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Gouveia C, Can NT, Bostrom A, Grenert JP, van Zante A, Orloff LA. Lack of Association of BRAF Mutation With Negative Prognostic Indicators in Papillary Thyroid Carcinoma: The University of California, San Francisco, Experience. JAMA Otolaryngol Head Neck Surg. 2013;139(11):1164–1170. doi:10.1001/jamaoto.2013.4501
Copyright 2013 American Medical Association. All Rights Reserved. Applicable FARS/DFARS Restrictions Apply to Government Use.
Papillary thyroid carcinoma (PTC) is the most common endocrine neoplasm. B-type raf kinase (BRAF) V600E mutation has been proposed as a negative prognostic indicator in PTC, and patients harboring it should receive more aggressive initial therapy.
To assess the significance of BRAF V600E mutation in PTC in the largest US sample to date.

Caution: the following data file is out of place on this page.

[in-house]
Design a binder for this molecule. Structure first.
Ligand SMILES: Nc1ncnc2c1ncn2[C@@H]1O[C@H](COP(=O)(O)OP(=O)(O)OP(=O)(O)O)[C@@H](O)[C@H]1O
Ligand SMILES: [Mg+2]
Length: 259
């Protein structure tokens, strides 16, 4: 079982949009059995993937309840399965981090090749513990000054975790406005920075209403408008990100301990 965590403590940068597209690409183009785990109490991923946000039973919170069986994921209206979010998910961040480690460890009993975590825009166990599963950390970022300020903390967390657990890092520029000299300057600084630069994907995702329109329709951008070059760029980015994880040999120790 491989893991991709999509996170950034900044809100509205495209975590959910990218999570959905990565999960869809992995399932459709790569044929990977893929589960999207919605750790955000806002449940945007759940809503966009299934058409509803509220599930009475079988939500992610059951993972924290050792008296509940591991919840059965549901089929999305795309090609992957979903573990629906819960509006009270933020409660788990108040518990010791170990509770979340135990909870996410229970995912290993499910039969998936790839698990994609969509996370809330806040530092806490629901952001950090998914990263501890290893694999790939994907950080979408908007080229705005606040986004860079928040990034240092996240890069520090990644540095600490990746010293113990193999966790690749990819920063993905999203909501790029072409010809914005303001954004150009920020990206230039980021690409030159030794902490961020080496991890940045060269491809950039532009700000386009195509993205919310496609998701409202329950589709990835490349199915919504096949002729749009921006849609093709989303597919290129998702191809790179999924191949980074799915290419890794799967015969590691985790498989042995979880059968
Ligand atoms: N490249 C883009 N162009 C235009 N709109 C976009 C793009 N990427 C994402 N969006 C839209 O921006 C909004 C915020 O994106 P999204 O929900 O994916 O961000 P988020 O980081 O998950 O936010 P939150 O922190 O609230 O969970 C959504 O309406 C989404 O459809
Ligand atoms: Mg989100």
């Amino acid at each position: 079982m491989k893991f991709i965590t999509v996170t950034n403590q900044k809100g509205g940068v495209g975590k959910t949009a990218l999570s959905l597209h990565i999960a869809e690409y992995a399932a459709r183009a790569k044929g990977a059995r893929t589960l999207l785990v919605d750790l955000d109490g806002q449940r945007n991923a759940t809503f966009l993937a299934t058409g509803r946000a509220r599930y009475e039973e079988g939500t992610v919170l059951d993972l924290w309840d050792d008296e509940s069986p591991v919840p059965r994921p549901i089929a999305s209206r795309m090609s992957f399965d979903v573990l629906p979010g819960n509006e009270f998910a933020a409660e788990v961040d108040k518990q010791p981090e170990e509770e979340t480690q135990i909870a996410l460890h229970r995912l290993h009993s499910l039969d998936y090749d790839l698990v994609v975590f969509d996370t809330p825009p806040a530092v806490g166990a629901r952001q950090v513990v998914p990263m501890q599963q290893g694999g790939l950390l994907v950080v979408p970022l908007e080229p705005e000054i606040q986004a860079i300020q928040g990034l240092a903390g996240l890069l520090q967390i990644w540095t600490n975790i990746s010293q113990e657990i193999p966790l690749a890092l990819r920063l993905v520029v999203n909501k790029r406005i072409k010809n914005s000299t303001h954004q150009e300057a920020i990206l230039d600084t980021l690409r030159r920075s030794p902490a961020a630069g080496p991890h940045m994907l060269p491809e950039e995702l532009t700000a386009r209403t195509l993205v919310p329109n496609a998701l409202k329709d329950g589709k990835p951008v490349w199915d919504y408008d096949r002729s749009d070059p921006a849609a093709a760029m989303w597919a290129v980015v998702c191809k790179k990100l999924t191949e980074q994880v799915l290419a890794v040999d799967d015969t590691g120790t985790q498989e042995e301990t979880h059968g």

We identified patients from our institution’s pathology archives diagnosed as having PTC and meeting criteria for BRAF mutation testing. Medical records were analyzed for BRAF status (positive or negative) and a list of standardized clinicopathologic features.
A total of 429 patients with PTC at an academic medical center.
Main Outcomes and Measures
Clinicopathologic features in patients with PTC with and without BRAF mutation.
Of 429 cases with PTC, 314 (73.2%) were positive for the BRAF mutation and 115 (26.8%) tested negative. BRAF mutation was significantly associated with tumor margin positivity (P = .03) and lymph node metastasis (P = .002) on univariate analysis but not on multivariate study. BRAF mutation was a predictor of male sex (odds ratio [OR], 3.2; 95% CI, 1.4-7.2), total thyroidectomy (OR, 2.6; 95% CI, 1.1-6.2), and a negative predictor of follicular variant PTC (OR, 0.1; 95% CI, 0.1-0.4). There was no significant association between BRAF positivity and tumor multicentricity, lymphovascular invasion, extranodal extension, central neck involvement, advanced stage (stage III or IV), and distant metastasis.